Tag Archives: visiting a church

(Un)Resolved

This is a piece I wrote for Edge Pieces, the blog of Open Gathering. Open Gathering is a church started by my husband, J.C., (and I am now on staff there as well) that is open to all people but especially children and adults with disabilities and their families. The vision really began as a dream for our son, a church in which he would be free to worship as he is, and at the same time introducing the Christian story and worship experience to him and others, including neurotypical children and adults as well as people of all abilities.  To learn a little about our church, you can visit our website, and you can click on this article I wrote for the UncoSynchro blog theme for January.

http://opengathering.org/unresolved/

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First Steps

I began blogging about our journey with autism over three years ago, just before our child was first diagnosed, over on my site Rev-o-lution.  At the time, in 2011, my family lived in Oklahoma. This first blog entry, “Top Ten things I have learned along the autism spectrum journey” sums up a little of what I had experienced prior to AJ’s diagnosis, as it was written the day before.  The evening after our son’s appointment and diagnosis, I wrote “1 in 110 children, 1 in 70 boys” (which was the diagnosis rate statistics in 2011–it is currently 1 out of 68 children and 1 out of 42 boys according to the CDC).  And about a year later, once we had moved to the Seattle area, I wrote “The Starbucks Welcome” about challenges we have faced, as well as times we were embraced by the church when visiting with our child with autism.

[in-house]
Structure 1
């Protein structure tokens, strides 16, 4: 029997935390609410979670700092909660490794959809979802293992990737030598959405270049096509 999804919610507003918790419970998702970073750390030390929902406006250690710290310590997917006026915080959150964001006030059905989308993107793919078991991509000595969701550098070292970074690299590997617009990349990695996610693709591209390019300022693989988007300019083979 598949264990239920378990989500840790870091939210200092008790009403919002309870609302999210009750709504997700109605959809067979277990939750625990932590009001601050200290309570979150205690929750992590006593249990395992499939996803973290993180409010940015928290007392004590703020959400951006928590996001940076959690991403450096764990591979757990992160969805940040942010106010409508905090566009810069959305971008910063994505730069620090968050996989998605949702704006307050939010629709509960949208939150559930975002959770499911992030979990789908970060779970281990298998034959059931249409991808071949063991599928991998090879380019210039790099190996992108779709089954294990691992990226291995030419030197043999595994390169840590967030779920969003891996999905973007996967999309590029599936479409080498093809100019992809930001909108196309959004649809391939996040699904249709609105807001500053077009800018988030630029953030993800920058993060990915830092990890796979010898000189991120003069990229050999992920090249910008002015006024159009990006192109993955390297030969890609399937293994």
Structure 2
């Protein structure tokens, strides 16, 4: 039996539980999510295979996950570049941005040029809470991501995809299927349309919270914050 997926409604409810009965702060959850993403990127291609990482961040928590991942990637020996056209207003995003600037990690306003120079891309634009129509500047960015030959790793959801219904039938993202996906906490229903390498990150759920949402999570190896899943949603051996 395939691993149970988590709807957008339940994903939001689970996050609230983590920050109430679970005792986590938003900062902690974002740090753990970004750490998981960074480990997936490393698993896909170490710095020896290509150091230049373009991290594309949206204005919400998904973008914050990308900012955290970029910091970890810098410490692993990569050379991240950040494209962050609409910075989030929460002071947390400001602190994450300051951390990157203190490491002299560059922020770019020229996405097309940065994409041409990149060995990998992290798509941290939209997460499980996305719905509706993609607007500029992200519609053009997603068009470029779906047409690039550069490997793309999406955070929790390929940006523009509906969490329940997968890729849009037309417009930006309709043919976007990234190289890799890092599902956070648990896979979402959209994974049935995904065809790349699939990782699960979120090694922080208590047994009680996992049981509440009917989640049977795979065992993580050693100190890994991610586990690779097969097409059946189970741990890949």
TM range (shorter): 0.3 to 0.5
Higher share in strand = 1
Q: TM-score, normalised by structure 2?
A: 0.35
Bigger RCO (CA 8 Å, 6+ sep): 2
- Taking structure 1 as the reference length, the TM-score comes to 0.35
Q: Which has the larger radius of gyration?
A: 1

These were my first blog posts. The first steps for anyone to learn about welcoming people with autism into the church is to listen to one’s story. Listen to a family with a child with autism. Meet an adult with autism. Listen to their stories. Learn their challenges as well as their gifts (notice in both blog posts, I listed some of AJ’s gifts). And if you are a parent of someone with autism or you yourself are on the autism spectrum, it is important to share your stories, too.